What’s the definition of a good chocolate chip cookie?
For us, it has to be crunchy on the edges and chewy in the middle. It has to be flavourful, with a molasses aroma and of course, lots of good CHOCOLATE. In fact, puddles of it will be excellent.
Dark brown sugar provides for a stronger molasses aroma, resulting in a deep complex, toffee-like flavour. It also makes for a chewier cookie. If you want even chewier cookies, try swapping the plain flour for bread flour (i. e. High gluten). We tested this so trust us.
Use the best chocolate you can afford, high in cocoa mass (70% minimum) and use ones you like to eat, perhaps with interesting flavour profiles? Here I’ve used bars of Valrhona my Dad got for me when he was on a trip. It had notes of berry and it will come through to the end when you are biting into the cookie, especially if they are semi melted. I would also use my favourite Foundry Chocolate bar made with single origin beans from Masidu Farms, Vanuatu or their top-of-the-class new bar from Anamalai Estate, India.
To achieve the ultimate unctuousness, you’ll need to add the chocolates in two timings: when mixing the cookie dough, and then half way through baking.
Then right at the end, when you pull the cookies out of the oven, add flakey sea salt for another dimension to the cookie. This salt + sweet combo tickles your palate, making this an even more amazing tasting.
Makes 35 medium sized cookies
- 230g butter, unsalted, room temperature
- 200g dark brown sugar
- 160g caster sugar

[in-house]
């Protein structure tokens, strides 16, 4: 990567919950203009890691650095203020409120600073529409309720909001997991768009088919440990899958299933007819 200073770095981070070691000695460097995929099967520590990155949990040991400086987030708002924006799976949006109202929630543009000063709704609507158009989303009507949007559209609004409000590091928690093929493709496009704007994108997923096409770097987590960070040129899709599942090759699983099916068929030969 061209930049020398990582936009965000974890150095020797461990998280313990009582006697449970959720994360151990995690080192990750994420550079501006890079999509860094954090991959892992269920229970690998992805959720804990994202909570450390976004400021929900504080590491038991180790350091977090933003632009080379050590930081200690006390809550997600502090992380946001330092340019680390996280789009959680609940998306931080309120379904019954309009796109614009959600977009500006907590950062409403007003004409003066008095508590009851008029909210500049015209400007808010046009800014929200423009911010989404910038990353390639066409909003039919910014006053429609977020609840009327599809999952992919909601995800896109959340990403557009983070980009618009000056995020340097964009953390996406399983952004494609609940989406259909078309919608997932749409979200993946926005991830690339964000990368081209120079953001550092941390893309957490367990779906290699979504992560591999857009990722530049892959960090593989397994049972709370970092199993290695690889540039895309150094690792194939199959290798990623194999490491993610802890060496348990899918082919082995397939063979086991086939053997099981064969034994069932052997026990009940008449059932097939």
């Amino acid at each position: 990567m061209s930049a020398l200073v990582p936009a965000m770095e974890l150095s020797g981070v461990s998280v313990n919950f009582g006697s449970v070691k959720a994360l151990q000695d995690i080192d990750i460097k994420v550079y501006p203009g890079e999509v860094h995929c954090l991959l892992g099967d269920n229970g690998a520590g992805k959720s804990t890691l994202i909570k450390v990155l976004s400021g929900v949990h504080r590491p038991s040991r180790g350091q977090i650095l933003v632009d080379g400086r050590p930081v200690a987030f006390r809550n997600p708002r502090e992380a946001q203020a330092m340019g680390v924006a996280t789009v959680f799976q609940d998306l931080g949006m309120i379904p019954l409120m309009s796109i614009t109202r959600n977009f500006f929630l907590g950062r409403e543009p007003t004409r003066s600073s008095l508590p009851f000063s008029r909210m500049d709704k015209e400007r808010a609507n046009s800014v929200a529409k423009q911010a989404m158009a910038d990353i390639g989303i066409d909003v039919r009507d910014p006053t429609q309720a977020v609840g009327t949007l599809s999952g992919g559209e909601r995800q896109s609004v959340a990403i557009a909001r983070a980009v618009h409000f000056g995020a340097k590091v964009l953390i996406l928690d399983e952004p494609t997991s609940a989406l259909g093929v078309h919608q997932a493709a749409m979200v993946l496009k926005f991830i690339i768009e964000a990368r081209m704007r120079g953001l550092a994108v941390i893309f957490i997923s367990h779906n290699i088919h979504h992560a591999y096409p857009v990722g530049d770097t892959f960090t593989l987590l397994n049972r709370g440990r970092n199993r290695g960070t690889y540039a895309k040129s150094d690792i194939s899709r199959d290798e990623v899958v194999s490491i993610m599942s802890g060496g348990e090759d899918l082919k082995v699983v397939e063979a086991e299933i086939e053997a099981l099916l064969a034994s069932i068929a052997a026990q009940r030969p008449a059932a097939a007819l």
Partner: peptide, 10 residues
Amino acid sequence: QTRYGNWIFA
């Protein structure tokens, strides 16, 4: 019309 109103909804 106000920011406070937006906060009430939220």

- 1 egg, size 7
- 4g vanilla extract
- 360g plain flour
- 10g baking soda
- 5g baking powder
- 3g salt
- 230g 60-70% dark chocolate, chopped
- 100g 70% dark chocolate, broken into 2cm pieces
- Flaky sea salt
- Cream butter and sugars in a stand mixer with a paddle attachment on medium speed, for about 3 minutes. The mixture should be pale in colour and fluffy.
- Add egg and vanilla, mix on low to combine.
- In a separate bowl, mix together flour, baking soda, baking powder and salt.
- Add flour mixture to the cream mixture and mix on low speed till just combined. Add chopped chocolate in, mix until evenly combined.
- Using a small ice cream scoop, place small scoops of dough onto a baking tray. You can keep them placed close together, as this needs to firm up in the freezer for 1 hour. This ensures a chewy and nicely flavoured cookie. (You can freeze the dough for baking later. Just keep them in a sealed container for up to a month. Bake the cookies straight from frozen, for 2 mins longer.)
- Preheat oven at 175C and line 3 baking trays with baking paper. Place frozen dough balls on the baking sheet, well-spaced apart.
- Bake for 8 minutes and remove from the oven. The cookies will be rather puffed at this point. Add a few pieces of broken chocolate on top of each cookie. Rotate trays 180 degrees and return the trays to the oven and bake for another 7 minutes.
- Once they are golden brown, remove from the oven and let them cool on the baking trays. To make the cookies rounder in shape, you can use a large glass, a metal cookie cutter or tart ring to spin each cookie inside the ring for a few seconds. Physics! Saw this from Erin @cloudykitchen.
- Sprinkle sea salt flakes on the warm cookies and serve! Once cooled, you can store in an airtight container for up to a week.